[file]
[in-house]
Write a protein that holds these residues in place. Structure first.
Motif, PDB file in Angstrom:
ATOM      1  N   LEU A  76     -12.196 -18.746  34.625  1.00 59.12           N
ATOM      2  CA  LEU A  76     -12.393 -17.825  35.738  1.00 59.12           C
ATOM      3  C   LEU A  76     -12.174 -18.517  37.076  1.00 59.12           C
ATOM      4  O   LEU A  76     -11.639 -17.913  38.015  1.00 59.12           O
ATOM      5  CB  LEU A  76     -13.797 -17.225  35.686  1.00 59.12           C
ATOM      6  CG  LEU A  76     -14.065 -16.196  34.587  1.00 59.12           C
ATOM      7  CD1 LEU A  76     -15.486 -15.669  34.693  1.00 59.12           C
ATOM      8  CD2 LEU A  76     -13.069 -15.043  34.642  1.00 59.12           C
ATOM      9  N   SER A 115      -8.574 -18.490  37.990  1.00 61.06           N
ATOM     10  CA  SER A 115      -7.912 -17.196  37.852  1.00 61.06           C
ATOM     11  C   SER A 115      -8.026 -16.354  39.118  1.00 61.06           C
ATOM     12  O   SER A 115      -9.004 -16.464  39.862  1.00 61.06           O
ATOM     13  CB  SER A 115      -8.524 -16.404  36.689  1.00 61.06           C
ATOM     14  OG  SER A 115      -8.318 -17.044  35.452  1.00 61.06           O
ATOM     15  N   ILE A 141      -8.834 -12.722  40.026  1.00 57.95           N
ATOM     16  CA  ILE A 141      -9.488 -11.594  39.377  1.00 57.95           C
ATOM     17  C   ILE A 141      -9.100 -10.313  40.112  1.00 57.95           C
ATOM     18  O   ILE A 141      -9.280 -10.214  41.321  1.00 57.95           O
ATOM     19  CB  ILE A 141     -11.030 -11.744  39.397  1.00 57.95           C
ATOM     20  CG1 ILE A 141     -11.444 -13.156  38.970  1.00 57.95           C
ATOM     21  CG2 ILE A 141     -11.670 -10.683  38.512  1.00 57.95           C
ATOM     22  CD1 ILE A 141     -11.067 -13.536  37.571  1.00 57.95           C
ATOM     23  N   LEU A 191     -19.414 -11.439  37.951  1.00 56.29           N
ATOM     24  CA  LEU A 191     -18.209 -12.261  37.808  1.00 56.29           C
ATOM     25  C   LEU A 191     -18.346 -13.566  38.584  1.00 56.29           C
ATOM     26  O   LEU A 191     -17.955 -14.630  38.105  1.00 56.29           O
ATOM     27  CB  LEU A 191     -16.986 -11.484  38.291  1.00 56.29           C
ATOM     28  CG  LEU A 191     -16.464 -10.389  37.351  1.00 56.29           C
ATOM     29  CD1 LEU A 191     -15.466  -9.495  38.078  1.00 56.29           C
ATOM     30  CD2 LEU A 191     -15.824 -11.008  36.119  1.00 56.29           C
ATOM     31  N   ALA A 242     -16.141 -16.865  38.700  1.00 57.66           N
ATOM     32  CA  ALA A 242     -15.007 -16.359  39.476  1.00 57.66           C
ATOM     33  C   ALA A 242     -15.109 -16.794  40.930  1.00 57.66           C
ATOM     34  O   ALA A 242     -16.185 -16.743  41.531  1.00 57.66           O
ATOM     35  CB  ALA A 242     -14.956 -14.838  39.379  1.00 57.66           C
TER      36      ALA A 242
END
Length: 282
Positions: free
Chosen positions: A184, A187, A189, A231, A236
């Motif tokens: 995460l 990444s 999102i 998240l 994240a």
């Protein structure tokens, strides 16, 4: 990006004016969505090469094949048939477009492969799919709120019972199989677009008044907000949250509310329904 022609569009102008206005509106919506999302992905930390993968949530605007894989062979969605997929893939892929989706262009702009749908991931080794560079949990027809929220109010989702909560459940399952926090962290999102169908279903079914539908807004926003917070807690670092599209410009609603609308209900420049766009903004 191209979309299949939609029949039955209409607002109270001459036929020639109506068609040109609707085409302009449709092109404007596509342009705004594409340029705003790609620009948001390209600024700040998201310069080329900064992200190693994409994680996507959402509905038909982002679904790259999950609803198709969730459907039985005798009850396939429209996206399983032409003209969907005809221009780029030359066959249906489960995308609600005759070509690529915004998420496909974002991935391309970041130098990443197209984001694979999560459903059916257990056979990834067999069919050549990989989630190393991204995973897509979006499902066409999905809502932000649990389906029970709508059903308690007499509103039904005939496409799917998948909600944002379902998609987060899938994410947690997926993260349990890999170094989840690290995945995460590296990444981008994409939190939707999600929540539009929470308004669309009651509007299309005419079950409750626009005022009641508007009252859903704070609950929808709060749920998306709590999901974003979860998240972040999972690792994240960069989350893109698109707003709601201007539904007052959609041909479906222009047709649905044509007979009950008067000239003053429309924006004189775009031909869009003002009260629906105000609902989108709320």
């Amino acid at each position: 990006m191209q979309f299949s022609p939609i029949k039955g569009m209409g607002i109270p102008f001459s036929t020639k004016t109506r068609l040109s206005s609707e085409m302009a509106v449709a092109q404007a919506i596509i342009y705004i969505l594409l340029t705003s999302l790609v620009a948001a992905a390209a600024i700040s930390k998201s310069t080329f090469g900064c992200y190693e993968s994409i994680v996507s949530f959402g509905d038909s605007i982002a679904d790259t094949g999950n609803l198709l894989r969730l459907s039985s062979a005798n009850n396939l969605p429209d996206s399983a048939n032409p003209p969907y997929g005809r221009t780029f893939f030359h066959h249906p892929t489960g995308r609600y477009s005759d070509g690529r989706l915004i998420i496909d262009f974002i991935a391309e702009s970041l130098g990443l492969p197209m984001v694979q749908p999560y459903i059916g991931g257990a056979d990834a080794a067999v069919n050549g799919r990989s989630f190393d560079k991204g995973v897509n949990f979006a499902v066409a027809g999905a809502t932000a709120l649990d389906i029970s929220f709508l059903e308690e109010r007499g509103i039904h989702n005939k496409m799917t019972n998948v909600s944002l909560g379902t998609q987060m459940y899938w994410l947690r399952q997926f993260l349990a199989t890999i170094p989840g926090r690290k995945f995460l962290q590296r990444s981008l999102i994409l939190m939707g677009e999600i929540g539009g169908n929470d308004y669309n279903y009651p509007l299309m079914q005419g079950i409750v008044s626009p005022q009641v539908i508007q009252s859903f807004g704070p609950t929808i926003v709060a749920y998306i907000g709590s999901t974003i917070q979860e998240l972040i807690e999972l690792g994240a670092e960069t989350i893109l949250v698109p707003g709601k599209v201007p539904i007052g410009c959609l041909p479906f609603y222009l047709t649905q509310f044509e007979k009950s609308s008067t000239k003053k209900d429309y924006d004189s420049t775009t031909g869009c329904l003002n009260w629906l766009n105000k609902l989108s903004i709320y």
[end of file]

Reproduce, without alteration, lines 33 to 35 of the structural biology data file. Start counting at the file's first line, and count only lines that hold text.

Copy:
ATOM     30  CD2 LEU A 191     -15.824 -11.008  36.119  1.00 56.29           C
ATOM     31  N   ALA A 242     -16.141 -16.865  38.700  1.00 57.66           N
ATOM     32  CA  ALA A 242     -15.007 -16.359  39.476  1.00 57.66           C